Currently ISS are using the same intimidation tactics at Goldsmiths. Cleaners have been encouraged to steer clear of their union, have been prevented from discussing the changes to their contracts, and ISS have broken off all communication with Unison in their efforts to represent the cleaners’ concerns about these recent changes.

The university’s three year contract with ISS comes to an end on 31st October 2018. Goldsmiths management are currently undergoing a costing exercise before making a decision on whether to in-source cleaning staff, award a 12 month extension to ISS in lieu of extending the contract for another three years or put the contract out to tender to find another outsourcing company. This re-tender exercise would need to start in July to meet the October deadline. We hope that Goldsmiths College will follow other University of London institutions and prioritize the demands of its employees to be brought in-house when it makes this decision.

As workers at Goldsmiths, we show solidarity with the concerns of our colleagues and hope to make the Senior Management Team and the university council aware that there is a great deal of support across the university in favour of having cleaning staff brought in-house. We believe swift and decisive action now, in line with Goldsmiths values of being socially aware and socially engaged, actively promoting sustainability and fostering a social and intellectual community within, and beyond, Goldsmiths, will serve the long term interests of the college.[x]

Cleaning staff ‘are not the dirt they clean’ as the cleaners of the LSE campaign put it, they deserve respect and employment parity. If neither of these are delivered following the costing exercise we are fully prepared to stand with our colleagues in their campaign for justice.

In Solidarity, Goldsmiths College Staff

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[i]https://ble.soas.ac.uk/pluginfile.php/26/mod_forum/attachment/43873/SOAS%20Facilities%20Management%20Report%20v1.0.pdf

[ii] https://soasspirit.co.uk/news/apse-j4c/

[iii] http://www.irr.org.uk/news/soas-occupied-after-cleaners-detained-and-forcibly-removed/

[iv] https://www.rmt.org.uk/news/rmt-slams-iss-bullying-and-intimidation-of-tube-cleaners/, http://www.brightonsolfed.org.uk/south-london/supporting-striking-tube-cleaners

[v]https://www.pcs.org.uk/pcs-in-hm-revenue-and-customs-group/latest-news/pay-and-conditions-of-iss-cleaning-staff, http://caiwu.org.uk/wp/2017/05/05/support-the-hsbc-cleaners/

[vi] https://iwgb.org.uk/2018/04/10/iwgb-to-ballot-ernst-young-cleaners-for-strike-action-over-redundancies/

[vii] http://www.gmb.org.uk/newsroom/iss-santa-pig, http://www.gmb.org.uk/newsroom/iss-payslip-row-at-woolwich-and-kingston-hospitals,  http://www.fm-world.co.uk/news/fm-industry-news/gmb-calls-for-strike-over-two-tier-hospital-workforce/

[viii] https://www.rmt.org.uk/news/iss-east-coast-cleaners-strike-again-this-week/  

[ix] https://www.mirror.co.uk/news/uk-news/premier-inn-housekeepers-use-same-12013548,  https://www.thecaterer.com/articles/520651/premier-inn-investigates-housekeeping-documentary-allegations

[x] https://www.gold.ac.uk/strategy/

 

Point of Order: Give Us Back Our Union!

A GUCU delegate’s subjective report on the Special Higher Education Sector Conference, 21 June 2018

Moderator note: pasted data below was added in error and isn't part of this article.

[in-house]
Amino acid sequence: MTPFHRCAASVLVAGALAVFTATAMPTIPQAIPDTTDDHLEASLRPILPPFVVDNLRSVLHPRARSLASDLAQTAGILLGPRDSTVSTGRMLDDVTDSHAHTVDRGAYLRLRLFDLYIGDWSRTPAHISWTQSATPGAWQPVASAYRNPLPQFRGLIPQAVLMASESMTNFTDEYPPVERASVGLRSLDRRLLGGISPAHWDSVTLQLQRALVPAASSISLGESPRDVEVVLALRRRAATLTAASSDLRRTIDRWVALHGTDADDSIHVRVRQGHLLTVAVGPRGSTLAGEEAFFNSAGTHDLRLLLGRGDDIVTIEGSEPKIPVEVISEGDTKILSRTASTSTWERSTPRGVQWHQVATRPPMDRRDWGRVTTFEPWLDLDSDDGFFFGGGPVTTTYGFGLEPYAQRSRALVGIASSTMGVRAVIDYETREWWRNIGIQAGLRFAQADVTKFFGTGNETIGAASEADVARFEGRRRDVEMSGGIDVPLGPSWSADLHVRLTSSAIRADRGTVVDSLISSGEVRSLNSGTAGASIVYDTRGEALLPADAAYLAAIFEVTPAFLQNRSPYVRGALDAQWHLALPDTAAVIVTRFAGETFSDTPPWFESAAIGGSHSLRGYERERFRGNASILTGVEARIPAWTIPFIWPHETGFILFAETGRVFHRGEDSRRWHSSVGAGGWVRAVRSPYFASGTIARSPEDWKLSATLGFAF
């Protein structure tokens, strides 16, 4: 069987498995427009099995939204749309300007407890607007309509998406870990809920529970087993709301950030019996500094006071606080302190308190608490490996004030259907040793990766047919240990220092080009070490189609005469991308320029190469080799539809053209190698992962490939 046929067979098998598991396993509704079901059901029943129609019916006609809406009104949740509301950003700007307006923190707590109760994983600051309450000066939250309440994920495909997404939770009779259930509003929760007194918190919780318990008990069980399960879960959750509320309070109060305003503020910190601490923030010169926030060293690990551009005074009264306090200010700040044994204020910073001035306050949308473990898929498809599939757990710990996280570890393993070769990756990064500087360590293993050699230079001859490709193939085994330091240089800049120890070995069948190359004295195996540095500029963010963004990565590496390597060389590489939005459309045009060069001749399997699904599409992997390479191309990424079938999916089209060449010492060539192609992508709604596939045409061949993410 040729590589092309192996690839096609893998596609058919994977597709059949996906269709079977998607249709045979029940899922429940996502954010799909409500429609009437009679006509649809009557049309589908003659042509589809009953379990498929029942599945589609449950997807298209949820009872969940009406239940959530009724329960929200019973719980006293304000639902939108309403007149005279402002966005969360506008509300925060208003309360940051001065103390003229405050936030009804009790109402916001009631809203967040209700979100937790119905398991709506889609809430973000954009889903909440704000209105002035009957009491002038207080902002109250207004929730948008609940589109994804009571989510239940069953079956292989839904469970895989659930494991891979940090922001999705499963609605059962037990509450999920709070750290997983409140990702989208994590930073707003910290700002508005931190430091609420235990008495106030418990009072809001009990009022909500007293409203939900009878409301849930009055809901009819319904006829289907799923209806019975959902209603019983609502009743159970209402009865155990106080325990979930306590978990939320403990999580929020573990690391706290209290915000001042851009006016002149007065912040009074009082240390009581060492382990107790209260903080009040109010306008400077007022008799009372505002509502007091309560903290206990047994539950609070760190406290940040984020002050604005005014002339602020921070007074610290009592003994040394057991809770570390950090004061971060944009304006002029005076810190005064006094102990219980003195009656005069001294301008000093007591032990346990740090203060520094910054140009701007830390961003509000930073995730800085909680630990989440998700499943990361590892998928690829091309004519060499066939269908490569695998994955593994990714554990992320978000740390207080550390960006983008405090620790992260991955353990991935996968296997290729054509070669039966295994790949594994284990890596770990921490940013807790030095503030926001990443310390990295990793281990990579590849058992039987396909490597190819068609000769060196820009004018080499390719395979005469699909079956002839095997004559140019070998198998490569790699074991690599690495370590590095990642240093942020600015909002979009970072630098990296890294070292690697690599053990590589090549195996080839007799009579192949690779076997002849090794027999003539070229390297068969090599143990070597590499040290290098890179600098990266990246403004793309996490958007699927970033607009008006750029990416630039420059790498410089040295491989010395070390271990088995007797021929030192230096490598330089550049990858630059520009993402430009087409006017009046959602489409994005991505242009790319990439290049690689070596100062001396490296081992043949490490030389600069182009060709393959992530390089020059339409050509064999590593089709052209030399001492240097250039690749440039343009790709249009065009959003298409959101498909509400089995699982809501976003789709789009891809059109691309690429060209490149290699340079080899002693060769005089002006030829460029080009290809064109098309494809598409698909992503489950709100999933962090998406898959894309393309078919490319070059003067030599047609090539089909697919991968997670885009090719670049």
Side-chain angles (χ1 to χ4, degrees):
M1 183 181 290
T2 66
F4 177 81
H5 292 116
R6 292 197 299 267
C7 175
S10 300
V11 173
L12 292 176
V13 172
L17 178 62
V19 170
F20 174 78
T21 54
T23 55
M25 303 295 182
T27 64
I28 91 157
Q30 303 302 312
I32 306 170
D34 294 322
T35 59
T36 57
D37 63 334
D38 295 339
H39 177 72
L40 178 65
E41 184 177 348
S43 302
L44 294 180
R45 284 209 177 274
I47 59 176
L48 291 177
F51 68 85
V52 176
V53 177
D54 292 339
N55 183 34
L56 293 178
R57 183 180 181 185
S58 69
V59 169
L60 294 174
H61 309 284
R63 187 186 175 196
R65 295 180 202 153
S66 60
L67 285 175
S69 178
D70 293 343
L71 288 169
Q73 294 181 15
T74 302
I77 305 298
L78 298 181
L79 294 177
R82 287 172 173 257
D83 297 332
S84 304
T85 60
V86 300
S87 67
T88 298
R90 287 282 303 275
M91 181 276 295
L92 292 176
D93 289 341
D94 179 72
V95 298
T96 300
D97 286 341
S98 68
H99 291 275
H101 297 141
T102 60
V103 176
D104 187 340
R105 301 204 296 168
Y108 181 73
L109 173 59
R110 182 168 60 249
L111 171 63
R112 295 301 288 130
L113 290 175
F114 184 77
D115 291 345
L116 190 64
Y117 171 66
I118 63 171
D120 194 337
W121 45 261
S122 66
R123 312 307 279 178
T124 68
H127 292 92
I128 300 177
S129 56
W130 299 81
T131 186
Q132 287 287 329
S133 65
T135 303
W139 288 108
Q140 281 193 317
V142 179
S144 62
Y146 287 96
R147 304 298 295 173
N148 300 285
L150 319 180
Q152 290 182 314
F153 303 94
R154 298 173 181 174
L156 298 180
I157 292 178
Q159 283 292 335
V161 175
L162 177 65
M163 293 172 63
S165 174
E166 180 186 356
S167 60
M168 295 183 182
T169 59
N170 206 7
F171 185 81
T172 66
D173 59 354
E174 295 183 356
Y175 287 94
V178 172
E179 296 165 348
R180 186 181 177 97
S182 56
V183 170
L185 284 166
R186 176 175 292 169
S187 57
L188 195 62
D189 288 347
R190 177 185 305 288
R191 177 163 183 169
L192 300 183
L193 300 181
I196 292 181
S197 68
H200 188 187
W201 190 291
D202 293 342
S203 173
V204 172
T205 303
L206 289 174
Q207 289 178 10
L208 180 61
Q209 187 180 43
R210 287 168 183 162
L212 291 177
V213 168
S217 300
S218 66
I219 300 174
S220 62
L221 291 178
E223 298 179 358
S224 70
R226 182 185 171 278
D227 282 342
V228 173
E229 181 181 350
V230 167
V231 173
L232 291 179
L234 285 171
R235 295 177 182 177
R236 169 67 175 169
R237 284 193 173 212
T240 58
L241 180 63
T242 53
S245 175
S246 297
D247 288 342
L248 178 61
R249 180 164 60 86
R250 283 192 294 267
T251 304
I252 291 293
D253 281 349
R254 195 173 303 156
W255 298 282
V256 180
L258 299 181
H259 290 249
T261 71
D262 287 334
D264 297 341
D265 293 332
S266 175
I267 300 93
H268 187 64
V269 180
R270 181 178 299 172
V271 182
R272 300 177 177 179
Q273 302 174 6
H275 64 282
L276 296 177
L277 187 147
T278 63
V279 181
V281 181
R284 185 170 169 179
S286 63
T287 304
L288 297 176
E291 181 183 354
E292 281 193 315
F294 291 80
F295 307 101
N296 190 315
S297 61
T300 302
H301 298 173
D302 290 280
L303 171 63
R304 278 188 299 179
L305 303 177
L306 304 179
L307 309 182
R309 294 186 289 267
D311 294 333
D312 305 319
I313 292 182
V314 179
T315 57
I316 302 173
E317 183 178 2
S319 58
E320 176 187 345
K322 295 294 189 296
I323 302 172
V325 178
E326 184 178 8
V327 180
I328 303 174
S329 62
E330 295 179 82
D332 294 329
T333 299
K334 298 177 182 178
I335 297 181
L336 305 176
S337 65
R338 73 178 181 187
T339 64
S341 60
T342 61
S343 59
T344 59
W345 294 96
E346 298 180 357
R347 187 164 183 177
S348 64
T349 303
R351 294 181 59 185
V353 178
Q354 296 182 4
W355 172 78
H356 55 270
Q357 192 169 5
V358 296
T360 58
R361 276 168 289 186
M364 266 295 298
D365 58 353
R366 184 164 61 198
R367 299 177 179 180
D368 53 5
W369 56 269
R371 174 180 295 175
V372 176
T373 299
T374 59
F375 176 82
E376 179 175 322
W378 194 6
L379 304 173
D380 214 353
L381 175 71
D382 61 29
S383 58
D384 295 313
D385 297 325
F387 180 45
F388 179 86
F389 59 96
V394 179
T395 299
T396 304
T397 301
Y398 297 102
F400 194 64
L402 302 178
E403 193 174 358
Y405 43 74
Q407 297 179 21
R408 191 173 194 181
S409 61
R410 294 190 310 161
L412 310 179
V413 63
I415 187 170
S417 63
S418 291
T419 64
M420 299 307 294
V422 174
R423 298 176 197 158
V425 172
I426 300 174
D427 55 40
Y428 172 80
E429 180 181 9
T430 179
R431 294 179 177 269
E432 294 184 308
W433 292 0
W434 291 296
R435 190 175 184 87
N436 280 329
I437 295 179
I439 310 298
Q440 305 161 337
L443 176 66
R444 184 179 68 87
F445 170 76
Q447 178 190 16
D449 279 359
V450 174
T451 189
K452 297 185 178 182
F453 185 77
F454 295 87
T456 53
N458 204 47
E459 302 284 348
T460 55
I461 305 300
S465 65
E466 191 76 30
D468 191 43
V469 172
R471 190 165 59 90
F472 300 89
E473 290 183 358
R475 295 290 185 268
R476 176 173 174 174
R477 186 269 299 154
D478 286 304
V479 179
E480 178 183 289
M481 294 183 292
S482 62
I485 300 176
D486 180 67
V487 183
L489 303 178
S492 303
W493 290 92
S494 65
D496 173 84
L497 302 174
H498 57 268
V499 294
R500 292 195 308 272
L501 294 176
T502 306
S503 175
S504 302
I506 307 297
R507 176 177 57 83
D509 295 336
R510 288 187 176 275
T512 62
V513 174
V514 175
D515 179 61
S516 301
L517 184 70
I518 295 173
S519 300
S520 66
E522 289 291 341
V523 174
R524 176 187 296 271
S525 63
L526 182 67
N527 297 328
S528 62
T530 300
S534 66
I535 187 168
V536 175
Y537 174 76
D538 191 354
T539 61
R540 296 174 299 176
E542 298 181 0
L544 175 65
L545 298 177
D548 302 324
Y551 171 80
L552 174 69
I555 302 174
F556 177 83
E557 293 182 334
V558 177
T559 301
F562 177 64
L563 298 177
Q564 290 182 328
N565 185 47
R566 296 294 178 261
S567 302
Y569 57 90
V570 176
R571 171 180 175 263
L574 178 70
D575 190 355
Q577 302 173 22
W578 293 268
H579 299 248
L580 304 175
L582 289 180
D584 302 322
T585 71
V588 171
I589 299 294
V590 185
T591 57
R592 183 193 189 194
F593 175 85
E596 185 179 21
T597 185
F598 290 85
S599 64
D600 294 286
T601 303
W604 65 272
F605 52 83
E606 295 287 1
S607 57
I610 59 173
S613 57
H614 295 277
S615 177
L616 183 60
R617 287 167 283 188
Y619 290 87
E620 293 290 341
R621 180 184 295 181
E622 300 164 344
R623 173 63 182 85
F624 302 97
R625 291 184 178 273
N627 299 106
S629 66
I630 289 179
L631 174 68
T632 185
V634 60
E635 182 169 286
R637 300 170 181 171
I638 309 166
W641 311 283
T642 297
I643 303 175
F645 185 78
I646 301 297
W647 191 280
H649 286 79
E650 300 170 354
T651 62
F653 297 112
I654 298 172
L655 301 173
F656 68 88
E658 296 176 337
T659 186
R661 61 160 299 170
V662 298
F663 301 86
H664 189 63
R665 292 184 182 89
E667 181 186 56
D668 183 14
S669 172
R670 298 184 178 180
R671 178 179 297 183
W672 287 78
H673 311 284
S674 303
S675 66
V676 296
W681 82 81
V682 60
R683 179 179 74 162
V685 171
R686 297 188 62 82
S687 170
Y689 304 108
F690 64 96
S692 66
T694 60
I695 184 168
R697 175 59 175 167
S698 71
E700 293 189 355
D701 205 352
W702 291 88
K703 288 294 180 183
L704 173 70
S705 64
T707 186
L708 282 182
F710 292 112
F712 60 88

I’ll start at the end, because, for me, it encapsulated all that this conference was about. Time was running out: only two and half hours had been allotted for the conference, and with only a few minutes left on the clock, 13 motions still needed to be presented and put to a vote. Our own motion on casualised staff pensions, composited with a nearly identical one from Dundee, was up next, and delegates moved to add another 15 minutes to the schedule to get through all the motions on the agenda. The Chair, Douglas Chalmers (UCU President Elect), rejected this move outright and, despite loud objections from the floor, forced a vote on remitting the remaining motions to the next Higher Education Committee (HEC) meeting. This motion was carried, because voting against it would have meant that all the remaining branches’ motions would have fallen: such is the rule of bureaucracy. But many delegates – the majority, I believe – abstained in protest at this false choice, and their votes were discarded.

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In Solidarity with Palestine

The following motion was passed at GUCU’s EGM on June 12 2018

In Solidarity with Palestine (161 words) Passed unanimously 

The branch registers

  1. The intensified slaughter of Palestinian civilians since 30 March (over 120 death and 13000 injured)
  2. The absurdity of claims of the ‘only democracy’ in the region which denies the right to protest and has turned Gaza into the biggest open prison
  3. The spirit of Palestinian resistance demonstrated in the Great March of Return

The Branch

  1. Condemn Israel’s inhumane and unacceptable response to protestors, continuation of colonisation of Palestinian lands and expulsion of and systematic discrimination against Palestinians
  2. Urges UCU members and students to boycott companies and corporations complicit in financing and aiding Israel’s military
  3. Seeks assurance from college that we do not employ, work or collaborate with companies that facilitate Israel’s military capacity
  4. Mandates the GUCU executives to collaborate with other recognised unions at Goldsmiths and coordinate a day of action to commemorate UN Palestine solidarity Day on 29 November and to affiliate to Lewisham PSC.

Proposed: Gholam K. Seconded Dan McQ